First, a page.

Big Sur Sound and Story, our new audio listening series, is featured in the New York Times!

Holy moly! Our upcoming Big Sur Sound and Story audio listening series, which begins Sunday at 8 pm, was featured in the The New York Times!!!

Check it out HERE!!  Or read it now!

“OK, you have an hour at your disposal,” says Magnus Toren, on the phone from Big Sur, Calif. “You’re in the dark. You’re steps from the Pacific Ocean, lying in the grass under a grove of redwoods, and all you can see are the stars overhead. What do you want to hear?”

This is the governing principle behind Big Sur Sound and Story, a Sunday night outdoor spoken-narrative series launching this summer at the Henry Miller Memorial Library, where Toren has served as executive director for what he calls a “frighteningly long time,” since 1993.

photo by Terry Way
photo by Terry Way

A rotating cast of curators from popular podcasts and shows like the Moth,the Kitchen SistersWireTap and Third Coast Audio will create programming that includes both fictional and purportedly true tales. “It all unravels from this idea that when you listen to a really well-told story, it’s something from which you can’t extract yourself,” says Toren. “In a mysterious way I think this tradition is deeply rooted in us — it goes back thousands of years. Listening to stories read aloud is a way of getting to a place deep within ourselves.”

Big Sur seems to have that same effect on its visitors. One can only imagine the spoken-word stories that might have sprung from the California coastal region in the ’60s, when Jack Kerouac spent a few weeks with delirium tremens in his friend Lawrence Ferlinghetti’s cabin and lived to tell the tale in his novel “Big Sur.” It was around then that Hunter S. Thompson, after being fired as a security guard of what’s now the Esalen Institute retreat center (née Big Sur Hot Springs), wrote in Rogue magazine that “almost everything you hear about Big Sur is rumor, legend or flat-out lie. This place is a mythmaker’s paradise, so vast and so varied and so beautiful that the imagination of the visitor is tempted to run wild at the sight of it.”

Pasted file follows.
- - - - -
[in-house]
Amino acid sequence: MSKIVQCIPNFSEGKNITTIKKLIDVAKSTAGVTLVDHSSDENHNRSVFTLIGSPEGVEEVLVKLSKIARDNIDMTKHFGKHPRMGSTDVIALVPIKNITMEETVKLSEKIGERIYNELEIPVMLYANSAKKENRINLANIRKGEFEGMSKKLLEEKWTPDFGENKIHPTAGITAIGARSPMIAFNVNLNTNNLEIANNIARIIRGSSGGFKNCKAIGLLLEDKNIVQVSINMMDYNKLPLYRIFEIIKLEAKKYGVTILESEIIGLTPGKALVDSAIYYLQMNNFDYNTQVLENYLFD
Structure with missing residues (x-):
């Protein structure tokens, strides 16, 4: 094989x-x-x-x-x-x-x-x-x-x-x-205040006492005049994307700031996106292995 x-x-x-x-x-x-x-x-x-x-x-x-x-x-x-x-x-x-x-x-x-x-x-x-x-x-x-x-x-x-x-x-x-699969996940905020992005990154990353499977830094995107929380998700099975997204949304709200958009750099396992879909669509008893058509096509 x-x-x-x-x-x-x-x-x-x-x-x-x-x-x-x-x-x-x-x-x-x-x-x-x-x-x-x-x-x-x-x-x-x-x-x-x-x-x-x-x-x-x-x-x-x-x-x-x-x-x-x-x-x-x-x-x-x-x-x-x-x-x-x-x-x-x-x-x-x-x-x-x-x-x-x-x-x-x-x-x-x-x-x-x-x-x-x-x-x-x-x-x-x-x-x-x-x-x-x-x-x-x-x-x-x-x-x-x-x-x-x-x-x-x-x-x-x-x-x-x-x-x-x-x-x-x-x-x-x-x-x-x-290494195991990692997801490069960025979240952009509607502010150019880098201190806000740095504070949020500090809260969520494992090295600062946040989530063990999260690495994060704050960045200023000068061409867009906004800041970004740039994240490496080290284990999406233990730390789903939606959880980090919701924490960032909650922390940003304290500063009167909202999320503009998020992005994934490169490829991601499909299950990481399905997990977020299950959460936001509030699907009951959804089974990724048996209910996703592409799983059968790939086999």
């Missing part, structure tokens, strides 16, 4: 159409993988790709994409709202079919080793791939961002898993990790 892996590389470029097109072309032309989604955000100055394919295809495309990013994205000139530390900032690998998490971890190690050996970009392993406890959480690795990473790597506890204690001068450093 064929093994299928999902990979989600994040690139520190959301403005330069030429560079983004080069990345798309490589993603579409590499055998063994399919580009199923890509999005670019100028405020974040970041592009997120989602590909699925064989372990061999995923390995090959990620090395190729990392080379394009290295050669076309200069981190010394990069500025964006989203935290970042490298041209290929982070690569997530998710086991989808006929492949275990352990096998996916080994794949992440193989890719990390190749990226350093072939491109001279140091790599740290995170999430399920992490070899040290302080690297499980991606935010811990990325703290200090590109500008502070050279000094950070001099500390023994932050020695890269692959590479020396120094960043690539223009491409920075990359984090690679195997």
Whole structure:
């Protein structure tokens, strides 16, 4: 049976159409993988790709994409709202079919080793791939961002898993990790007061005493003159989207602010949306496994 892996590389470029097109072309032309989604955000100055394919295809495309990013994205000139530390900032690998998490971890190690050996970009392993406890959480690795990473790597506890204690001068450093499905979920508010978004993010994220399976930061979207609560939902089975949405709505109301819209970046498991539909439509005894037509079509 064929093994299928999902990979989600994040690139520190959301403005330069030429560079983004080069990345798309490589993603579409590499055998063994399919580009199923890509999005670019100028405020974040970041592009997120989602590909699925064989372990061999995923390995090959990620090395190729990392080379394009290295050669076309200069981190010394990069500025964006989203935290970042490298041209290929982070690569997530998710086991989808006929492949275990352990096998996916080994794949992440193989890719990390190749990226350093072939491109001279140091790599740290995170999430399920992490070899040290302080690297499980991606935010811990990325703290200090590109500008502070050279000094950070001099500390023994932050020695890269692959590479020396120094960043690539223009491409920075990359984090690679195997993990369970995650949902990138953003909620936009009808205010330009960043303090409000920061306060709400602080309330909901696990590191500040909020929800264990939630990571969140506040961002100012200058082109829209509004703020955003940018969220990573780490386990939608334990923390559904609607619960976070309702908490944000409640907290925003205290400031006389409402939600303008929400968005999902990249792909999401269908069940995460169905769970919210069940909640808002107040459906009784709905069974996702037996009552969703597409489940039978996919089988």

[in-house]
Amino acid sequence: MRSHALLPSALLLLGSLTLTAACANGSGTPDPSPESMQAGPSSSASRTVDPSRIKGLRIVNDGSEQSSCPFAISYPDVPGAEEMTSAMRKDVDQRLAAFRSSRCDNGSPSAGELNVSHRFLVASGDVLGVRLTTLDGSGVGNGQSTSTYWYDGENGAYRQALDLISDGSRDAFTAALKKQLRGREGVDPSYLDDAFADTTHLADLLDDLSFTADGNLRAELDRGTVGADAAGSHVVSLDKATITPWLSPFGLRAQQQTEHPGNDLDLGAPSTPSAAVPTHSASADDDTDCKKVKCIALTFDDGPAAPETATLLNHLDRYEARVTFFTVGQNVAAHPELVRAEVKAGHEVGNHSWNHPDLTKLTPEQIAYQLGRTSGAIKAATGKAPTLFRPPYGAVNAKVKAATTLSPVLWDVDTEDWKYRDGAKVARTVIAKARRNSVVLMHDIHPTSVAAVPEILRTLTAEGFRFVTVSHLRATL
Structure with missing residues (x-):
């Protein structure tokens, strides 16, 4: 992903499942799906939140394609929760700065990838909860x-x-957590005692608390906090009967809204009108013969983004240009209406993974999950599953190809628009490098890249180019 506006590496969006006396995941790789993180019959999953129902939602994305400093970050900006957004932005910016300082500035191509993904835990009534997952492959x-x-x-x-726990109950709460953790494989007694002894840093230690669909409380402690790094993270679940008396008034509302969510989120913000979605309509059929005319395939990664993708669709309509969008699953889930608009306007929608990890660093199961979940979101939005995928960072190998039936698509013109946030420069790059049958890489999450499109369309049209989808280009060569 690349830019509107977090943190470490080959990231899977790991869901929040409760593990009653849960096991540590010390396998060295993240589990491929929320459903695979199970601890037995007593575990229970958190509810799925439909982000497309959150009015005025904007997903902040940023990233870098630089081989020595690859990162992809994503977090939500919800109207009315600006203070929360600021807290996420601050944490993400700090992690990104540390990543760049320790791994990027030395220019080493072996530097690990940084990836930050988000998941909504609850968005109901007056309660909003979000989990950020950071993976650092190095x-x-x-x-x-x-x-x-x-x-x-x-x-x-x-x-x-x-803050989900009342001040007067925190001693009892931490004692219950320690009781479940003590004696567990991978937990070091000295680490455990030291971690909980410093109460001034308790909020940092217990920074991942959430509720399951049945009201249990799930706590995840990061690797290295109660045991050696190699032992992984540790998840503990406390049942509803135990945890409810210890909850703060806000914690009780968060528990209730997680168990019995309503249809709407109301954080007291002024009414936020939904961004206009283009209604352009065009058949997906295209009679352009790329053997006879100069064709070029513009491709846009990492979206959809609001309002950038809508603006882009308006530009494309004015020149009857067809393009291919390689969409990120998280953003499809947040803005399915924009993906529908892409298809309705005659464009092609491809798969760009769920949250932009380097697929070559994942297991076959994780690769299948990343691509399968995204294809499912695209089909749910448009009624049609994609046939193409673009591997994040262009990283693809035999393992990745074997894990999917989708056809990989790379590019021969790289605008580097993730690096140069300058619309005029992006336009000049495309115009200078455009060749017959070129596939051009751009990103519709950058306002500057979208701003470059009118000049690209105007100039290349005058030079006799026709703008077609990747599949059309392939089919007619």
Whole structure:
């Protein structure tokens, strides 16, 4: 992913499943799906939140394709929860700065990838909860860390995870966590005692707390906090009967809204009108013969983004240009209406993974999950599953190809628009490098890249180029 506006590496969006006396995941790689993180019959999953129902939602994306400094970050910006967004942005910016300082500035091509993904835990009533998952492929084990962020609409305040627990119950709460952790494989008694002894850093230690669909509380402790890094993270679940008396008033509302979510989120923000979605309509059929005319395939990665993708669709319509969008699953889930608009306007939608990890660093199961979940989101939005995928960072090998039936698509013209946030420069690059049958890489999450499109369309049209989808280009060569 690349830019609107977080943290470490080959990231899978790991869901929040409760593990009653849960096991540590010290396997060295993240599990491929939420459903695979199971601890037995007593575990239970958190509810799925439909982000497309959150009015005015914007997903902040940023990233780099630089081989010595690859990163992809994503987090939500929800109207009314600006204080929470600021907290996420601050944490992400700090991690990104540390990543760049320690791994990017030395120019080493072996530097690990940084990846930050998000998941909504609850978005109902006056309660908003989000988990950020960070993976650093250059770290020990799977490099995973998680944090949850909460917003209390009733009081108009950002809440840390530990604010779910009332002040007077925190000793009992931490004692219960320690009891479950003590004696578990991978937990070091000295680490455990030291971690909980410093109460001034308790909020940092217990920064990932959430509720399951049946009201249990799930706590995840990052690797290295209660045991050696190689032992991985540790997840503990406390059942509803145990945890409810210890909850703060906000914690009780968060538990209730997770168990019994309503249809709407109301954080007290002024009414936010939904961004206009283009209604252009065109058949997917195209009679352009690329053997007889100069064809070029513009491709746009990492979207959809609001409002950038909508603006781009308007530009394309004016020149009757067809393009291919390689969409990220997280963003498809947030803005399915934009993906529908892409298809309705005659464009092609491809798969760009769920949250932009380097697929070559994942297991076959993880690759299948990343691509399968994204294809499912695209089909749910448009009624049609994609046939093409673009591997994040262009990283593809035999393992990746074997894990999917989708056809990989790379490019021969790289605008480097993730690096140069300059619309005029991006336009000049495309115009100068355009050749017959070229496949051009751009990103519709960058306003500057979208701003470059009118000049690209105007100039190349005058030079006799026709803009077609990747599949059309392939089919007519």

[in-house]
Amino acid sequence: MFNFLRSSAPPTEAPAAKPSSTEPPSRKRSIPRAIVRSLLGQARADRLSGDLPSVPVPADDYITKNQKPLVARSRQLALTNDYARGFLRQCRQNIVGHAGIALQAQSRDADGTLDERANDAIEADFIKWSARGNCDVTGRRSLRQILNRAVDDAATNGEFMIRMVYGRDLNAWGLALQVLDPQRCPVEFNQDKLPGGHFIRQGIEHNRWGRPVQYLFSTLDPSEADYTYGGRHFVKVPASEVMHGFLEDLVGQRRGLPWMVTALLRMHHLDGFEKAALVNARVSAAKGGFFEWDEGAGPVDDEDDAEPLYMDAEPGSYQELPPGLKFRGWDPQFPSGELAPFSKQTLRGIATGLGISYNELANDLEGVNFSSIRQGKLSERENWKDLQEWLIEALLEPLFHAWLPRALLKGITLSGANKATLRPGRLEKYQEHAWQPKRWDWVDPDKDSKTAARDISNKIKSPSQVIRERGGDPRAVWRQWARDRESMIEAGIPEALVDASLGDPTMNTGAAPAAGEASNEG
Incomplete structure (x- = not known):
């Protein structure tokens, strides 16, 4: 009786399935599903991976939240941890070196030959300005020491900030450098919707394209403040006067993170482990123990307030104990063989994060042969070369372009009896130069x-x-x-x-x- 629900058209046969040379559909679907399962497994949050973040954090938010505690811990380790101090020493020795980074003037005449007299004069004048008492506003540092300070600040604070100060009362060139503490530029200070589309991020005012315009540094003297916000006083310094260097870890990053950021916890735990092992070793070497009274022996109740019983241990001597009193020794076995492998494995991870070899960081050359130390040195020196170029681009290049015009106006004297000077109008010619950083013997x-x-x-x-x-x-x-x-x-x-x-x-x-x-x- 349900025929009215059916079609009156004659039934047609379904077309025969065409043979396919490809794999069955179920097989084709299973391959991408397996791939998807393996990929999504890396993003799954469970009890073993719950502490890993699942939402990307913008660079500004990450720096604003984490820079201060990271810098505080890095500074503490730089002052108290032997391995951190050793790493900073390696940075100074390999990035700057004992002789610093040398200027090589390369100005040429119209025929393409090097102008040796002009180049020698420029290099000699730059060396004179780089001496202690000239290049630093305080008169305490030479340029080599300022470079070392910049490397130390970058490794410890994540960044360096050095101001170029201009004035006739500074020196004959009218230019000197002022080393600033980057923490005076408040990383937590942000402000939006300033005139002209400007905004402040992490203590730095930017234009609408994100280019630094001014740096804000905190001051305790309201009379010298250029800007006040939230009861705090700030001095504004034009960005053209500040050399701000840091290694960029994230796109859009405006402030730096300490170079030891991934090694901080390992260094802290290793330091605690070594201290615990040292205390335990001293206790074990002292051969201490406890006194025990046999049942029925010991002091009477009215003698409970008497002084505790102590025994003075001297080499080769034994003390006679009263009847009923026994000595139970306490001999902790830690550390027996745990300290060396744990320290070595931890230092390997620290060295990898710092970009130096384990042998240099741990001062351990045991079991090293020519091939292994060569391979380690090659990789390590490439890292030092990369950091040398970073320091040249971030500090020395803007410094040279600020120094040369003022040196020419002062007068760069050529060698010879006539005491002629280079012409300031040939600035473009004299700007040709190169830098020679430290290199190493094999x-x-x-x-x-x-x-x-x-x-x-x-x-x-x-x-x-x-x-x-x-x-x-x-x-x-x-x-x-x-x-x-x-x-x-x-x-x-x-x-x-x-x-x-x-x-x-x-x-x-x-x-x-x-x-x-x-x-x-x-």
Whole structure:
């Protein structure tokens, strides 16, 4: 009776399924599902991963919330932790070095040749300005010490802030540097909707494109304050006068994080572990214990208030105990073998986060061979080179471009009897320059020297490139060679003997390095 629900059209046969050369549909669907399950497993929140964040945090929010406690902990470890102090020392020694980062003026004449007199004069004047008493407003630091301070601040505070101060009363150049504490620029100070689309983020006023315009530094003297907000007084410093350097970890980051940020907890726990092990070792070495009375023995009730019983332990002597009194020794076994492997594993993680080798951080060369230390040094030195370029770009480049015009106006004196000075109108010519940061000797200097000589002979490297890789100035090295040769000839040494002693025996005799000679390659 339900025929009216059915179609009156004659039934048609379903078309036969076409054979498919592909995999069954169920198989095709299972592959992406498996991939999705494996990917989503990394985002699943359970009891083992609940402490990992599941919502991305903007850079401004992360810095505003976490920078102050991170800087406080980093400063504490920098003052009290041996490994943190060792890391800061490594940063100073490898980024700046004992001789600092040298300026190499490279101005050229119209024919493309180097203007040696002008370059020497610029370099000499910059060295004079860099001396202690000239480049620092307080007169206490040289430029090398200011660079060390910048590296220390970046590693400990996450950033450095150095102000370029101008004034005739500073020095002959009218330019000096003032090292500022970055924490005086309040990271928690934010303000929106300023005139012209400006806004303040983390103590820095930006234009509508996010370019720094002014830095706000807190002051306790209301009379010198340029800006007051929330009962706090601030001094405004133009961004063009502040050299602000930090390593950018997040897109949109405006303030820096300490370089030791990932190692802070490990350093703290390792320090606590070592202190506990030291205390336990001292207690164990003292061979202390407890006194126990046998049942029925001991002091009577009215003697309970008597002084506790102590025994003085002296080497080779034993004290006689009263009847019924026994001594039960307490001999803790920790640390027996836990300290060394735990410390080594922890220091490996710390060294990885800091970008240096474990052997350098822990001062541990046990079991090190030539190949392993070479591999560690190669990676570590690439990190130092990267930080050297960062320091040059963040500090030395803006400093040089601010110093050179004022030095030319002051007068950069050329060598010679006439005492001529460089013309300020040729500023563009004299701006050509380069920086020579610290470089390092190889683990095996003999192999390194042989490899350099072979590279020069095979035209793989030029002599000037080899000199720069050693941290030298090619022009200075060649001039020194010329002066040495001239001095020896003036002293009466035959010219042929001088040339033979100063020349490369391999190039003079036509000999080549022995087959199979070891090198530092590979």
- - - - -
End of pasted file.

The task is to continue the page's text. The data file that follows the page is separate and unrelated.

Back in 1944, Henry Miller, whose “Tropic of Cancer” was still banned in the U.S., and who had recently wrapped up the epic American road trip that would become his novel “Air Conditioned Nightmare,” probably did run a little wild. Regardless, he lingered for so long in Big Sur that, even though he spent his final years elsewhere, the idiosyncratic institution that still bears his name is located here, tucked into one of the hairpin curves along Highway 1.

Once the home of an artist friend of Miller’s, today the house contains the writer’s paintings, copies of his papers and books, some for sale, along with works by his contemporaries and others. There is free coffee; there are weekly film screenings and frequent concerts (the already sold-out Woodsist festival, featuring Real Estate, Woods, Angel Olsen and Kevin Morby, happens in August; the Pixies played earlier this spring); there is a resident cat, Theo, of indeterminate age and origin.

It all makes for an ideal setting in which to experience the art of narrative. “My own favorite story from here?” Toren asks. “Oh, there’ve been so many extraordinary little moments. Like the time my motorcycle crashed and a girl took me up the mountainside and took care of me. That was 30 years ago, and I’ve never left.”

Big Sur Sound and Story will be held at the Henry Miller Memorial Library every Sunday from June 15 to Aug. 24; doors open at 8 p.m. and stories begin at sunset; donations are encouraged. For more information, or to submit your own story for consideration, visit

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